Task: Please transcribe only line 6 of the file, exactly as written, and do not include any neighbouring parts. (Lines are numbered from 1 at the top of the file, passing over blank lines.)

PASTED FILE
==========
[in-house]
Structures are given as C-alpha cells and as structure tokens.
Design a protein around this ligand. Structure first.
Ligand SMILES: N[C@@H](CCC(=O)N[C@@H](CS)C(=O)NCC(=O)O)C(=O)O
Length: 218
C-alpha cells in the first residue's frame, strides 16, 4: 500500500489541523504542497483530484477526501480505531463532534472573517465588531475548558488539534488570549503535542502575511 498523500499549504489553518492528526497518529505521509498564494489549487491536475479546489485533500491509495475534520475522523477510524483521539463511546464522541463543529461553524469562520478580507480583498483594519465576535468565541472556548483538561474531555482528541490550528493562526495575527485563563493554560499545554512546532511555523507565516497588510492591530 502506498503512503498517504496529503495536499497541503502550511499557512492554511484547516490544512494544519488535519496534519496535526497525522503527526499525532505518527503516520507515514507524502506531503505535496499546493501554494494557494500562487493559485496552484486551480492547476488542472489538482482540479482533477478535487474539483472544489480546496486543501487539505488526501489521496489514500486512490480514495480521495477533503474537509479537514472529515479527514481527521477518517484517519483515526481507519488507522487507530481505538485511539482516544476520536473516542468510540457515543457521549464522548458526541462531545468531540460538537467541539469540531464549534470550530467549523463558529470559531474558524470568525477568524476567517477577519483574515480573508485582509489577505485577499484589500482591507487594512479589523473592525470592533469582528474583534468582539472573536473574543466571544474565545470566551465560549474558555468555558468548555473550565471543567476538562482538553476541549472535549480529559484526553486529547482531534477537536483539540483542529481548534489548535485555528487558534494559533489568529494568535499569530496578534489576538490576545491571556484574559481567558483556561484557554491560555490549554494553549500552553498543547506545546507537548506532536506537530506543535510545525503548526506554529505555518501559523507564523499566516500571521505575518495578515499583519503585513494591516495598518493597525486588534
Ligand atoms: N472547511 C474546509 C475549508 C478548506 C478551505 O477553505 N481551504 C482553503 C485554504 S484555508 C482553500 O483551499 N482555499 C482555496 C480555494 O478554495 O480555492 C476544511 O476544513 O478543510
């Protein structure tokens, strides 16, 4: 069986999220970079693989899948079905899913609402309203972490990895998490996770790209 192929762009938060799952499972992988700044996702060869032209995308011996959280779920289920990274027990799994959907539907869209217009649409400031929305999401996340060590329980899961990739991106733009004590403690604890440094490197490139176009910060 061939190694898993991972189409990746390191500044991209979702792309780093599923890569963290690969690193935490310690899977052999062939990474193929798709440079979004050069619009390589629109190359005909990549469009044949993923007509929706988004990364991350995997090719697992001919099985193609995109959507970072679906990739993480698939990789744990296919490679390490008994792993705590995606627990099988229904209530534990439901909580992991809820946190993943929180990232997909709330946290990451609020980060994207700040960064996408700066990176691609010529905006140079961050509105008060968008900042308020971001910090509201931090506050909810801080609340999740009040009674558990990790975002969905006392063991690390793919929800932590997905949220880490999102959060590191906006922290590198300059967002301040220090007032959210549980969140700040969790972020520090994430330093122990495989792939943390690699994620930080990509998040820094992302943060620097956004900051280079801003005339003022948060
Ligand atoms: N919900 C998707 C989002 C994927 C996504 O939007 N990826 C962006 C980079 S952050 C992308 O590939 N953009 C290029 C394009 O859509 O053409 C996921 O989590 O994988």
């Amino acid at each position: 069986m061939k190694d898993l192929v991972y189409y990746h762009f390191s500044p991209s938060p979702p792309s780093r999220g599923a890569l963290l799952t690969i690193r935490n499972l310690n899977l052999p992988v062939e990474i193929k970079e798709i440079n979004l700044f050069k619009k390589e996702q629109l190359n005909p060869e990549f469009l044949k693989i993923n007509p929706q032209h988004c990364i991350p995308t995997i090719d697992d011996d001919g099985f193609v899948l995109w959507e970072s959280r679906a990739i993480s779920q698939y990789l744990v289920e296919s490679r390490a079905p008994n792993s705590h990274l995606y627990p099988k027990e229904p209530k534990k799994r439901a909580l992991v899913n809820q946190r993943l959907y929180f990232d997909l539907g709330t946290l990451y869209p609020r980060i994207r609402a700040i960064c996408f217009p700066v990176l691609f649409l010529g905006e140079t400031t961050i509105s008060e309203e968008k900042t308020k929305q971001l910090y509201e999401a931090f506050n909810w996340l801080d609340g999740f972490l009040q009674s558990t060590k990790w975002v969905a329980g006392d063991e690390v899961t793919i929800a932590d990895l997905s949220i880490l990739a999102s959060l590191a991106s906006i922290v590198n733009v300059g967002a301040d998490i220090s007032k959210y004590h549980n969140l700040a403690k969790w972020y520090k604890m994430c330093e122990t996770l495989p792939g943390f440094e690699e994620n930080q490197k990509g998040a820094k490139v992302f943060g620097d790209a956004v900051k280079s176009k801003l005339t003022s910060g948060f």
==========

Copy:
C-alpha cells in the first residue's frame, strides 16, 4: 500500500489541523504542497483530484477526501480505531463532534472573517465588531475548558488539534488570549503535542502575511 498523500499549504489553518492528526497518529505521509498564494489549487491536475479546489485533500491509495475534520475522523477510524483521539463511546464522541463543529461553524469562520478580507480583498483594519465576535468565541472556548483538561474531555482528541490550528493562526495575527485563563493554560499545554512546532511555523507565516497588510492591530 502506498503512503498517504496529503495536499497541503502550511499557512492554511484547516490544512494544519488535519496534519496535526497525522503527526499525532505518527503516520507515514507524502506531503505535496499546493501554494494557494500562487493559485496552484486551480492547476488542472489538482482540479482533477478535487474539483472544489480546496486543501487539505488526501489521496489514500486512490480514495480521495477533503474537509479537514472529515479527514481527521477518517484517519483515526481507519488507522487507530481505538485511539482516544476520536473516542468510540457515543457521549464522548458526541462531545468531540460538537467541539469540531464549534470550530467549523463558529470559531474558524470568525477568524476567517477577519483574515480573508485582509489577505485577499484589500482591507487594512479589523473592525470592533469582528474583534468582539472573536473574543466571544474565545470566551465560549474558555468555558468548555473550565471543567476538562482538553476541549472535549480529559484526553486529547482531534477537536483539540483542529481548534489548535485555528487558534494559533489568529494568535499569530496578534489576538490576545491571556484574559481567558483556561484557554491560555490549554494553549500552553498543547506545546507537548506532536506537530506543535510545525503548526506554529505555518501559523507564523499566516500571521505575518495578515499583519503585513494591516495598518493597525486588534